Board index Property Investment Forum Investment Property: How to Calculate the Cash Flow?

## Investment Property: How to Calculate the Cash Flow?

### Investment Property: How to Calculate the Cash Flow?

Wed Mar 21, 2012 9:02 am

Posts: 28
Hey everybody,

I was just wondering what things to consider when purchasing a property that’s said to be cash flow positive. How would you trust that a property advertised as cash flow positive is actually going to be cash flow positive? Aren’t there lots of things to consider like stamp duty, solicitor’s fees and many other fees when you first buy a house? So how do you know the property is cash flow positive even when you deduct these initial expenses?

I appreciate your help on this!

### Re: Investment Property: How to Calculate the Cash Flow?

Wed Mar 21, 2012 12:39 pm

Posts: 26
Hello there,

I think the best way to figure out whether a property is going to be cash flow positive is by doing a chart analysis.

My husband and I have been considering buying another property for a while and we’ve been doing a fair bit of research lately. He’s found out all the initial costs and things to consider and has made an Excel spreadsheet calculating those costs, putting in the expected rent from the property to figure out how much cash flow we might expect to get.

From looking at the chart, the initial expenses appear to be: property cost, stamp duty (in NSW this can be ignored for properties under \$600K for this year), conveyancer fee (\$1500), lawyer and strata report (for units), mortgage insurance (only if you borrow over 80% of the purchase price), paint and cleaning (just say \$1000), total extra costs (he’s put down \$17,140. I’m not sure what all these costs would be) and when you add all of these up and subtract equity (the amount you contribute in the beginning) you get the total property cost.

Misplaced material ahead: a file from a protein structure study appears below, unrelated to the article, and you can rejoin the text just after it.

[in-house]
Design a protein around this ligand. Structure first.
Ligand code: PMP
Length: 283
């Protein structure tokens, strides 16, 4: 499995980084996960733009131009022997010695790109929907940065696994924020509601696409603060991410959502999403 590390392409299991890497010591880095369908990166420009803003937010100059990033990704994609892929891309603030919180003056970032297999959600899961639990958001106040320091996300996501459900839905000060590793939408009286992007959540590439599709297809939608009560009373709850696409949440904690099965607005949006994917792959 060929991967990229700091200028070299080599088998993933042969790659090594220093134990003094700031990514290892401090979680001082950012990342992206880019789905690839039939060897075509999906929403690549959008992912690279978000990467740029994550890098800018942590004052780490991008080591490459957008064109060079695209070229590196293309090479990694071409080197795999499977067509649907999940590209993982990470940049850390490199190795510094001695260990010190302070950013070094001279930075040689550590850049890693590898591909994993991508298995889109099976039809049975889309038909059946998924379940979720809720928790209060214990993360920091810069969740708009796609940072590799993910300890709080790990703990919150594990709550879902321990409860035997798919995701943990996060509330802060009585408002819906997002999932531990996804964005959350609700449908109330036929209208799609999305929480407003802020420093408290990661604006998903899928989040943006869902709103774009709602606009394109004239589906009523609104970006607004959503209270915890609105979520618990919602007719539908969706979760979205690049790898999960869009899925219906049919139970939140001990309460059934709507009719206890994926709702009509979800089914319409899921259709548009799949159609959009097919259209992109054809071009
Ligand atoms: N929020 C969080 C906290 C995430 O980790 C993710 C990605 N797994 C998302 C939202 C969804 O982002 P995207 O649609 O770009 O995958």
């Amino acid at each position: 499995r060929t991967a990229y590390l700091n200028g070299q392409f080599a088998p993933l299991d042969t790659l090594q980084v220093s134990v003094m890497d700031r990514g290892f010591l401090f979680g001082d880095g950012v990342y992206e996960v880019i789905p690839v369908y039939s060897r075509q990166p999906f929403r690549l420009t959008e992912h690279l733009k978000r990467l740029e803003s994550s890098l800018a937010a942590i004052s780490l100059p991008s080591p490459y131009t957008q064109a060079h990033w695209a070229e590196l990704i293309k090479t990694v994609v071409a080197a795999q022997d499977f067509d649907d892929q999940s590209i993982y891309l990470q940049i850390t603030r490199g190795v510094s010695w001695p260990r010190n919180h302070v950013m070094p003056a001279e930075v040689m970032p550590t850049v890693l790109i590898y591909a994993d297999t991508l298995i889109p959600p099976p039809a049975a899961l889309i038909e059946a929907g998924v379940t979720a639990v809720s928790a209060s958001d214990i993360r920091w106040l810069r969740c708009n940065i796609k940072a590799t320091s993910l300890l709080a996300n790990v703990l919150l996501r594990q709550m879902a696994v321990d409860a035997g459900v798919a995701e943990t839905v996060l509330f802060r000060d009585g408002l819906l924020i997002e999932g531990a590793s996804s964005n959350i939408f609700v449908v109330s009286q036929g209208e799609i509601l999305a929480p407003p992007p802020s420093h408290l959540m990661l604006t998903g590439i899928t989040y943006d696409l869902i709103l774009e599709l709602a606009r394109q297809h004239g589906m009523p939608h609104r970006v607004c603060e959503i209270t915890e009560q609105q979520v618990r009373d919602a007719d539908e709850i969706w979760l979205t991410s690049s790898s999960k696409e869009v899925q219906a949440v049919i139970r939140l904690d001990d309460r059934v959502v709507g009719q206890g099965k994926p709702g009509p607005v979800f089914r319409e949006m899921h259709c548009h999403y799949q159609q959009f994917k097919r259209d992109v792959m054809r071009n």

As we are looking to rent out a property, we’ve also taken into account recurring expenses like agent fee, strata, water, maintenance and insurance. In terms of yearly costs, the agent fee is say, about \$1056, strata is roughly \$1517, water is \$800, maintenance is \$500 and insurance is \$1040 and you have to calculate your insurance on debt. So this gives you your recurring outgoings.

### Re: Investment Property: How to Calculate the Cash Flow?

Wed Mar 21, 2012 12:57 pm

Posts: 28
Hey,

Thanks for the advice on this! It looks like there are many outgoing expenses!

How does the rent cover all this? What would be the capital growth on a rental?

Is this like when they say there’s 6% growth in Sydney property. Does that mean for rents or for capital growth?

I’m very new to this and very confused. Do you know how I could find some sample charts to see where I stand on some of the property I’m considering to buy?

Cheers,

### Re: Investment Property: How to Calculate the Cash Flow?

Wed Mar 28, 2012 8:52 pm

Posts: 9
Here, I am mentioning a basic formula for calculating the cash flow of a property-
Cash Flow= Total taxable income or loss from the property- (Tax Savings + operating expenses + mortgage payments)

### Re: Investment Property: How to Calculate the Cash Flow?

Thu Aug 16, 2012 3:08 pm

Posts: 1
Location: India

Gather all documents showing cash transactions for a specific period, including cash coming into the business and cashing leaving the business.

### Re: Investment Property: How to Calculate the Cash Flow?

Sun Oct 21, 2012 8:11 am

Posts: 1
Hi otea,

Good response but what do you mean exactly when you said,
otea wrote:
stamp duty (in NSW this can be ignored for properties under \$600K for this year),
?

Are you saying there is no government stamp duty to be paid at all in NSW this year for properties under 600k? Honestly I have no idea but I do not think this would be right.